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Hey, Want to Grow Your Own Truffles?

February 06, 2002|JILL HUNTING | SPECIAL TO THE TIMES

This year, skip the master gardening class about how to keep whiteflies out of your orange trees. Forget the annual pilgrimage to the nursery for zucchini starts. Plant your own truffle trees and grow something your friends will actually want.

That's what I've done, with the help of a truffle grower, Mother Nature and all the patience I can muster.

The most prized truffle varieties are the white truffle of Alba, Italy (Tuber magnatum pico), and the Perigord black truffle (Tuber melanosporum). Some say the white truffle will grow nowhere but Italy; others, such as truffle expert James Trappe, claim there are suitable growing conditions in other areas--including, perhaps, the Willamette Valley of Oregon.

As for American-grown black truffles, they are already a commercial crop. Franklin Garland, proprietor of a mushroom and truffle company in North Carolina (and now worldwide at www. garlandtruffles.com), has been selling fresh domestic black truffles since the late '90s. Garland's Gourmet Mushrooms & Truffles also sells hazelnut tree seedlings whose roots have been treated with the famous fungus.

For $1,400, you can buy 100 seedlings, and, in six to 10 years, with proper conditions and care, you could have truffles at a rate of a quarter pound per tree. You could eat them, or you could sell them to Garland--he pays $200 per pound or more, depending on market conditions--or to the buyer of your choice. Last winter, the preeminent truffle company, Urbani Truffles & Caviar (www.urbani.com; (800) 281-2330), was retailing fresh black truffles for $800 to $1,400 per pound.

Before reaching for your calculator and concluding that you've come up with a way to finance your children's college education, consider that truffles are temperamental. Charles Lefevre, a doctoral candidate in mycology at Oregon State University and another seller of truffle seedlings (his Web site, www.truffletrees.com is still under construction), says that parts of California are perfect for truffles, but success rates can be as low as 50%, even when the host roots have been inoculated successfully.

He raises other cautions. Truffles like soil that is alkaline and chalky, which may require adding lime to your backyard. Hearing this, and having just ordered my truffle seedlings, I looked upon my navel orange tree and feared for its life. Lime. Isn't that the killer stuff we sprinkled behind the tents at Girl Scout camp?

A simple way to test the alkalinity, or pH, of your soil is to mix a few spoonfuls of dirt with an equal amount of ordinary white vinegar in a jar with a lid. Shake the mixture and remove the lid. If you hear a soft fizzing, your soil is moderately alkaline. The more it fizzes, the higher the pH. A pH of 7 is neutral; truffles like 8 or higher. If your shortcut pH test doesn't discourage you, ask your local County Extension office if they will perform a soil test. If you still want to proceed, order your seedlings and plant them as directed.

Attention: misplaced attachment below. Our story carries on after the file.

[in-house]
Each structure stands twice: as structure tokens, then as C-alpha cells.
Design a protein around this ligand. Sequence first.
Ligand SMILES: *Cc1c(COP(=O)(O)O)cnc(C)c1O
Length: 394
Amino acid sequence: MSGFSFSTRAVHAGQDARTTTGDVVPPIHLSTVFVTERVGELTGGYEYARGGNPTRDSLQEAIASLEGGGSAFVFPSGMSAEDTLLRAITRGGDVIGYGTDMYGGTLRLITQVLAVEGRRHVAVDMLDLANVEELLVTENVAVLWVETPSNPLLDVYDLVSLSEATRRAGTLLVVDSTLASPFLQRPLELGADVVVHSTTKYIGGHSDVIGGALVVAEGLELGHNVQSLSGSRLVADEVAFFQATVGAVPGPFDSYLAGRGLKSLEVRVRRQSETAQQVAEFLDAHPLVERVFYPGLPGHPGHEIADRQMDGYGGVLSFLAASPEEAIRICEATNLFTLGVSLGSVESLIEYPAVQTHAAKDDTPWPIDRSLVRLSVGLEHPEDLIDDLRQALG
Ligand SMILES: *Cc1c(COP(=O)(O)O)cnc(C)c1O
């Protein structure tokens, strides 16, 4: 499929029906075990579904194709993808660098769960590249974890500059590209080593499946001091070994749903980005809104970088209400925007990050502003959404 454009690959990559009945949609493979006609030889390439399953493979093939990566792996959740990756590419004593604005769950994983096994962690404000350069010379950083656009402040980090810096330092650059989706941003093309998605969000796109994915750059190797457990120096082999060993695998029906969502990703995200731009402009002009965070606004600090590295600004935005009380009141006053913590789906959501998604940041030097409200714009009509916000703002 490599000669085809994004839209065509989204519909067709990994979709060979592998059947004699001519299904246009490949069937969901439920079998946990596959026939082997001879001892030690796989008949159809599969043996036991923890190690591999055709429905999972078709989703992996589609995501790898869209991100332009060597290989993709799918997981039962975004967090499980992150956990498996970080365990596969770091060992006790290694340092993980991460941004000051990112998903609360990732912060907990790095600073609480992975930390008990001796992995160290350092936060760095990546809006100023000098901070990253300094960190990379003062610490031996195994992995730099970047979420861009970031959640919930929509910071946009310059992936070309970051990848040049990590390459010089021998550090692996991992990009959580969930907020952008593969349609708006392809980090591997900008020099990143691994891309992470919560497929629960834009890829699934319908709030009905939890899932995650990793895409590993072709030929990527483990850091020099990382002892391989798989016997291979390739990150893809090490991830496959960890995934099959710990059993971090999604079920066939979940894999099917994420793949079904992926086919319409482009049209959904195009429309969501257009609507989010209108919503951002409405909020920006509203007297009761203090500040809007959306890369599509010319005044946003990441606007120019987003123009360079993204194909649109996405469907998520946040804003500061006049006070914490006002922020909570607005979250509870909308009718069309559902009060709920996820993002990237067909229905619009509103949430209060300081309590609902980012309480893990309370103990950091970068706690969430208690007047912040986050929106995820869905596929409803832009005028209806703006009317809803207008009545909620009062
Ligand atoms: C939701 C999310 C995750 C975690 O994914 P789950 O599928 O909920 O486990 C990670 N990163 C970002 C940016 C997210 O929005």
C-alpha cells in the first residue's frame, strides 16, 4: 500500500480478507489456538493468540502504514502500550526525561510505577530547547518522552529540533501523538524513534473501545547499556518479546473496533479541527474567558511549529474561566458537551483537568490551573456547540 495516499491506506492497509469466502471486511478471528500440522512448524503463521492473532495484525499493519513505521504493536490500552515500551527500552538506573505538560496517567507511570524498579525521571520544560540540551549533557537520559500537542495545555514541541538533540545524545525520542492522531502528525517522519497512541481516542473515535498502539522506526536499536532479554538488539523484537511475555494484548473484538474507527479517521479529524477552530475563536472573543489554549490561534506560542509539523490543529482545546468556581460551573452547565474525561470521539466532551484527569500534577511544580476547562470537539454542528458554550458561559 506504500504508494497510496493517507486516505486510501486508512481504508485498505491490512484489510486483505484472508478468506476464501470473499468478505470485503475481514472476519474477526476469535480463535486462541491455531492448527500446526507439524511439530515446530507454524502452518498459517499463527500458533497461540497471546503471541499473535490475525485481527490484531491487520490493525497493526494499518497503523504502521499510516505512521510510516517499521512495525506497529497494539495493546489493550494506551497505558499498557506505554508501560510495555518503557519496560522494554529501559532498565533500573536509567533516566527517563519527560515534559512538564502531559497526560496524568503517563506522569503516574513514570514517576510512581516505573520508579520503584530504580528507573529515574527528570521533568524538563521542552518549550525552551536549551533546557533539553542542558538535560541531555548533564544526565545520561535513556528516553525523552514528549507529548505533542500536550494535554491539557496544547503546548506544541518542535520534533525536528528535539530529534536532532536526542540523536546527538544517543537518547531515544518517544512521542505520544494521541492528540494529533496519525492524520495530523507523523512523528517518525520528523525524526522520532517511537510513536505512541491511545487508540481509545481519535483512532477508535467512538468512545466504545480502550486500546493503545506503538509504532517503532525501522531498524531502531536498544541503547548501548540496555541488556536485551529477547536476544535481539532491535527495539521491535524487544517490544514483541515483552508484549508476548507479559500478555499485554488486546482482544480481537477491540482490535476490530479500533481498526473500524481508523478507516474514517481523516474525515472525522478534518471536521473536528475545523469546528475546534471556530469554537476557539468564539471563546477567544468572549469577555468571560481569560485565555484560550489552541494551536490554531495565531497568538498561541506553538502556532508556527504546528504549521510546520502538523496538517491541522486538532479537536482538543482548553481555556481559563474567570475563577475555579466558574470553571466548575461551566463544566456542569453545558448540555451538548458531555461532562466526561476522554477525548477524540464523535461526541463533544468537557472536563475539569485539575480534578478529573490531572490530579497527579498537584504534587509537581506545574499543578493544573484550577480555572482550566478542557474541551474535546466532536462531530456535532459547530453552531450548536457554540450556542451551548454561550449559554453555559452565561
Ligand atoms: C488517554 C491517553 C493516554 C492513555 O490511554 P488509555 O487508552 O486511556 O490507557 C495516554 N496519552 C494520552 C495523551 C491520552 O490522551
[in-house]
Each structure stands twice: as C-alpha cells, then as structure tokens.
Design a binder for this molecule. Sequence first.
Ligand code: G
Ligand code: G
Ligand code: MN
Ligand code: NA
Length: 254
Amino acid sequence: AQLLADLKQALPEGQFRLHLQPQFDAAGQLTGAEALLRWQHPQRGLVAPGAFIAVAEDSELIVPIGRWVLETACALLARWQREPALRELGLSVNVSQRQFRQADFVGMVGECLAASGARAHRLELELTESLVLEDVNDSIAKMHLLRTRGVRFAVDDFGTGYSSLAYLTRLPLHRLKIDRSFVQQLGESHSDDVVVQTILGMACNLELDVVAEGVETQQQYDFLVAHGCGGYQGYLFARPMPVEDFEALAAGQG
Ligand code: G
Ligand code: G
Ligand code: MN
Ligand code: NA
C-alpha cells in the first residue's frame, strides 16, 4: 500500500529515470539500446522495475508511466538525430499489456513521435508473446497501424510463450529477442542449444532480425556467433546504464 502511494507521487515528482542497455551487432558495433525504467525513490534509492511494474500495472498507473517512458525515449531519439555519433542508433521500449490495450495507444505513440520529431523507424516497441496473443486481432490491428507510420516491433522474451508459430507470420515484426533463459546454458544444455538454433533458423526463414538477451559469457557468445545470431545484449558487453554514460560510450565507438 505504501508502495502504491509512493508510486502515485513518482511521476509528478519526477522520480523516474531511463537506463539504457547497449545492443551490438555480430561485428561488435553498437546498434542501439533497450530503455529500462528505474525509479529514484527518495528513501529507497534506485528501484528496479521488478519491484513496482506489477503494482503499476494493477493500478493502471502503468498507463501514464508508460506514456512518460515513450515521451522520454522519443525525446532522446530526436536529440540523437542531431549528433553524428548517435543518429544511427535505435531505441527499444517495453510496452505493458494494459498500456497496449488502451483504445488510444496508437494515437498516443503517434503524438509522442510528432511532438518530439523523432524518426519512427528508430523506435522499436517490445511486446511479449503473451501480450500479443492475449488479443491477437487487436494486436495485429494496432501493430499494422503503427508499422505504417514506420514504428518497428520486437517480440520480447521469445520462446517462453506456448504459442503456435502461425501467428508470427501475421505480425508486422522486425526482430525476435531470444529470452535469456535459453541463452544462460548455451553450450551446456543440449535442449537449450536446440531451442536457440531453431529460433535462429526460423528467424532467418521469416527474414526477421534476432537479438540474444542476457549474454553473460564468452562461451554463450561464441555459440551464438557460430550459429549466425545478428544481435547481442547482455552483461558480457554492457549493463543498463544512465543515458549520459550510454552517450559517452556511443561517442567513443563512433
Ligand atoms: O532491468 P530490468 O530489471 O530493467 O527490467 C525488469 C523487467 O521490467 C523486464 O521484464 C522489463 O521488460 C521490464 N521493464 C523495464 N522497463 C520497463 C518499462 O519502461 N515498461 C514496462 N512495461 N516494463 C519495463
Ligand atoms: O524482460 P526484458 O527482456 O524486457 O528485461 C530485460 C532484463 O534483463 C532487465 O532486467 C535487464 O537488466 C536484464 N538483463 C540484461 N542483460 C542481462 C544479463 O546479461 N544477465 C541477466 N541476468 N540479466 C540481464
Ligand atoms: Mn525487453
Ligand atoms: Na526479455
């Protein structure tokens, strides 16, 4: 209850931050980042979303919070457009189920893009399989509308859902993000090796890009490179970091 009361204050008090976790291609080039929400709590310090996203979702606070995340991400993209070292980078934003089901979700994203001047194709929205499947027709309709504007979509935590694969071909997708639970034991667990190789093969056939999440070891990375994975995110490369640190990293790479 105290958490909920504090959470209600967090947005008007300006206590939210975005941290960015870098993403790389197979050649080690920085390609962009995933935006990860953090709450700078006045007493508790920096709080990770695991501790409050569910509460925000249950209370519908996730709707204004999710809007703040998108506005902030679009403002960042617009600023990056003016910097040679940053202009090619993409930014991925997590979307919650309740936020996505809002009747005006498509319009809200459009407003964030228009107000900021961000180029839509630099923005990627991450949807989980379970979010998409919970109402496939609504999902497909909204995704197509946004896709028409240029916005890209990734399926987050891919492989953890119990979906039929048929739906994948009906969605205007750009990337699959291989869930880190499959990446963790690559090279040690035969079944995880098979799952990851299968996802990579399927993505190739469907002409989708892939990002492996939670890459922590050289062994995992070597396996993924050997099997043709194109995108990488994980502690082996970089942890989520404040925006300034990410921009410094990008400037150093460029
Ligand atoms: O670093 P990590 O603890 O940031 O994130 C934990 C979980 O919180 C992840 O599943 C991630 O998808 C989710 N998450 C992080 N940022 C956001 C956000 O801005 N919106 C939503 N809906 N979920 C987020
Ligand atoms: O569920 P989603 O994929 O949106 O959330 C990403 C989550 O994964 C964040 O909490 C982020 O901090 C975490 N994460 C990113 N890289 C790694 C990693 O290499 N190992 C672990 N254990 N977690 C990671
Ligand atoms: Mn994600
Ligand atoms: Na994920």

"Your orange tree may be able to handle it," Lefevre told me. "Oranges are often grown in fairly arid climates that tend to have alkaline soil. Give the truffle trees as much space as possible from other trees, and gradually expand the limed area so that it takes a few years to get to the orange's roots."

Black truffles occur naturally between latitudes of 40 and 47 degrees north, between 300 and 3,000 feet above sea level, but given the right conditions, they will grow farther south. Though the Los Angeles Basin may be too far south for the elegant tuber, Lefevre says higher elevations in central California may be suitable. Northern California has already proven hospitable to truffles.

Californians have been interested in truffle cultivation for decades, but Lefevre is seeing new signs of truffle fever. Two months ago he was writing his dissertation when one prospector got his name, drove 800 miles to find him and appeared with a list of questions.

When Oregon wasabi grower Roy Carver was scouting land for a large truffle orchard, the Napa Valley was on his list. In the end, he chose a site in the Texas hill country, which one of his new neighbors described as "some of the sorriest country in the United States." Both locations are well south of the truffle's natural home.

Once you've selected a site, amended the soil and planted your tree seedlings, the next steps are to prune and weed as they grow. Then comes the hard part: waiting. In time, telltale truffle "marks," or bulges, may appear around the tree in late summer, indicating you may have mature truffles in four to five months.

While you're waiting, you'll have to discourage other vegetation in the vicinity, with the exception of other hazelnuts. Acid-loving plants such as camellias and crape myrtles will suffer if they grow too close.

Eventually, if you've planted correctly, tended properly and been blessed with the right combination of sunshine, rain and moderate temperatures, you'll find yourself popular in December and January. You'll have the secret ingredient for a turkey stuffing your guests will swoon over, and your homemade truffle-infused oils and sauces will be on everyone's Christmas list.

If you've done your best but get no truffles, you can always eat the hazelnuts. Better yet, find a good recipe for hazelnut-filled chocolate truffles.

Jill Hunting writes about wine and food from her home in Sonoma.

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